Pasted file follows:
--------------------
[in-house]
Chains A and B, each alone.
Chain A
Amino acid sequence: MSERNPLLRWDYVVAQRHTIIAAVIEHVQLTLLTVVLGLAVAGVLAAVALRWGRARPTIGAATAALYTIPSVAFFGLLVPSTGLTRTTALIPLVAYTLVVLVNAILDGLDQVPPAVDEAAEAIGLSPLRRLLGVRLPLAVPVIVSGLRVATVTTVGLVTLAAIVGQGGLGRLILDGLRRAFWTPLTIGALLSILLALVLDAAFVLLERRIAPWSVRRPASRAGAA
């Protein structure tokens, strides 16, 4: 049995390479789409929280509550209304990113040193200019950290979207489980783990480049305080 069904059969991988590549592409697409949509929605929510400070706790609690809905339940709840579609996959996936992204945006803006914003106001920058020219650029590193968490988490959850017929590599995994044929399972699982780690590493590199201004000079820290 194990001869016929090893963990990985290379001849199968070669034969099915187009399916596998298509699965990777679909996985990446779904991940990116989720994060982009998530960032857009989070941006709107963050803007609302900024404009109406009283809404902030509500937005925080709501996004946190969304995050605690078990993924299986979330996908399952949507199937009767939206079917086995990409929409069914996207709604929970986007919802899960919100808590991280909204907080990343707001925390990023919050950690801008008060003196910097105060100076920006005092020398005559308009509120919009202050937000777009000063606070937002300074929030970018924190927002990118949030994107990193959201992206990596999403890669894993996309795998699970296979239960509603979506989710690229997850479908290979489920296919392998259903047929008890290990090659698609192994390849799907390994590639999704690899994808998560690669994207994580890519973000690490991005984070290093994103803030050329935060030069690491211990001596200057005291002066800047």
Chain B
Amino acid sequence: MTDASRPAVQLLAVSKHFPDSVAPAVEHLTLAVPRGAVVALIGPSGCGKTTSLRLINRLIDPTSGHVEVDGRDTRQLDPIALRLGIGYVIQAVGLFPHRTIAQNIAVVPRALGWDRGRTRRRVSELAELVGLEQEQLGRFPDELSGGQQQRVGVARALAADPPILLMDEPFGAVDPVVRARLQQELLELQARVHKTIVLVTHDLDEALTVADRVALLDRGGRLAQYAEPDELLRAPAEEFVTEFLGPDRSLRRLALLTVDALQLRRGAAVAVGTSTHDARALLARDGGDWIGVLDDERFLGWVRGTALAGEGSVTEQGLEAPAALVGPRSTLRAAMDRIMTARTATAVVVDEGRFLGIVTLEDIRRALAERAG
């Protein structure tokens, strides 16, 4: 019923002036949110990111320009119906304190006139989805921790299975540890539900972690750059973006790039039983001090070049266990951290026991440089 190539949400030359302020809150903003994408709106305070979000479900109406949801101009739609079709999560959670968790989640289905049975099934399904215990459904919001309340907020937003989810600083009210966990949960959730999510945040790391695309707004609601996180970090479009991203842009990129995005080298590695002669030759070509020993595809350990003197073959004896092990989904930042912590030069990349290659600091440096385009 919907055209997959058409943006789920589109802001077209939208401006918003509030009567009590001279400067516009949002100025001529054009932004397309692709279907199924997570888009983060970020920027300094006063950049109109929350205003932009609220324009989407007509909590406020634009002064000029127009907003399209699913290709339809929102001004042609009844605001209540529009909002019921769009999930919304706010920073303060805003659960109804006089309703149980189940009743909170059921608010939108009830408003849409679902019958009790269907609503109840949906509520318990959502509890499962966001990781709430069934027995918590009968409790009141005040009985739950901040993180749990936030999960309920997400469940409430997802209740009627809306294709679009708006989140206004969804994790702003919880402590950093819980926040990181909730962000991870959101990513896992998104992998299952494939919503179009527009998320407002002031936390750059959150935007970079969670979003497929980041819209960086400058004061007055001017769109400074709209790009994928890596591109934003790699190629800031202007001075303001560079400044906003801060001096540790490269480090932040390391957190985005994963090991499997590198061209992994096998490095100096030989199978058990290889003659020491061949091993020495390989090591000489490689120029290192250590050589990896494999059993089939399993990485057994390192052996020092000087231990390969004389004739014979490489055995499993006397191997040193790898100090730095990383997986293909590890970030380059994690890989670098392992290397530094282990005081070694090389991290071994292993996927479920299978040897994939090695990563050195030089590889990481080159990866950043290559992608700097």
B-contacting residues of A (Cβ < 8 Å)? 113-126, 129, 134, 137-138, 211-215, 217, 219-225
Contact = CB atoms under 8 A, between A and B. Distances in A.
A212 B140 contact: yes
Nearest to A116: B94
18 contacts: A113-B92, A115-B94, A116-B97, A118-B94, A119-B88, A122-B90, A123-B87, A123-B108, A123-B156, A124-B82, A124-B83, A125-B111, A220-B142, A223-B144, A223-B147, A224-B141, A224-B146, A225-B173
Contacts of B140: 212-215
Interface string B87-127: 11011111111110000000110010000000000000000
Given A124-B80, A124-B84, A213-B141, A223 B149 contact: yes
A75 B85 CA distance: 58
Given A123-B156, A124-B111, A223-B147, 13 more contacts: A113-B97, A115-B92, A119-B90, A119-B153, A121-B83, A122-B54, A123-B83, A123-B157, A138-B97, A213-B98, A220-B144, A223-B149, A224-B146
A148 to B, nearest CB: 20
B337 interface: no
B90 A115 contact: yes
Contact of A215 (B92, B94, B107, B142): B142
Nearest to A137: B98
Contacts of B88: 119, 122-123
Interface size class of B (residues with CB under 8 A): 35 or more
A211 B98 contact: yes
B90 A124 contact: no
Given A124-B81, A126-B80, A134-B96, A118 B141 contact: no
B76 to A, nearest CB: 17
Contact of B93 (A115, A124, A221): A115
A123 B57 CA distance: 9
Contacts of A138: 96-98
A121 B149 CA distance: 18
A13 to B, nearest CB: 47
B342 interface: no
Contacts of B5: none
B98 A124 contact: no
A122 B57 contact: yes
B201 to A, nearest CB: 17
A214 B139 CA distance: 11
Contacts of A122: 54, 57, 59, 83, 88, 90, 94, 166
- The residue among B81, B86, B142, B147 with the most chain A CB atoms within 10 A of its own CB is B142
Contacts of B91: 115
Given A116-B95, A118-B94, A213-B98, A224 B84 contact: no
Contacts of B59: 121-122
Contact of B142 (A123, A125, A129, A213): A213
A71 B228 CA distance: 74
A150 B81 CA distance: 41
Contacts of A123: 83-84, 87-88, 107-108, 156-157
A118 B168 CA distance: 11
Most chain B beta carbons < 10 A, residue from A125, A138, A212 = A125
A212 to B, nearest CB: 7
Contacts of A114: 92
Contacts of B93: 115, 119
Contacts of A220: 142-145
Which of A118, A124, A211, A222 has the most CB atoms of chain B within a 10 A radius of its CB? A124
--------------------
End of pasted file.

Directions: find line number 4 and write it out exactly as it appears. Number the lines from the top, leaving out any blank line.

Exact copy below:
Amino acid sequence: MSERNPLLRWDYVVAQRHTIIAAVIEHVQLTLLTVVLGLAVAGVLAAVALRWGRARPTIGAATAALYTIPSVAFFGLLVPSTGLTRTTALIPLVAYTLVVLVNAILDGLDQVPPAVDEAAEAIGLSPLRRLLGVRLPLAVPVIVSGLRVATVTTVGLVTLAAIVGQGGLGRLILDGLRRAFWTPLTIGALLSILLALVLDAAFVLLERRIAPWSVRRPASRAGAA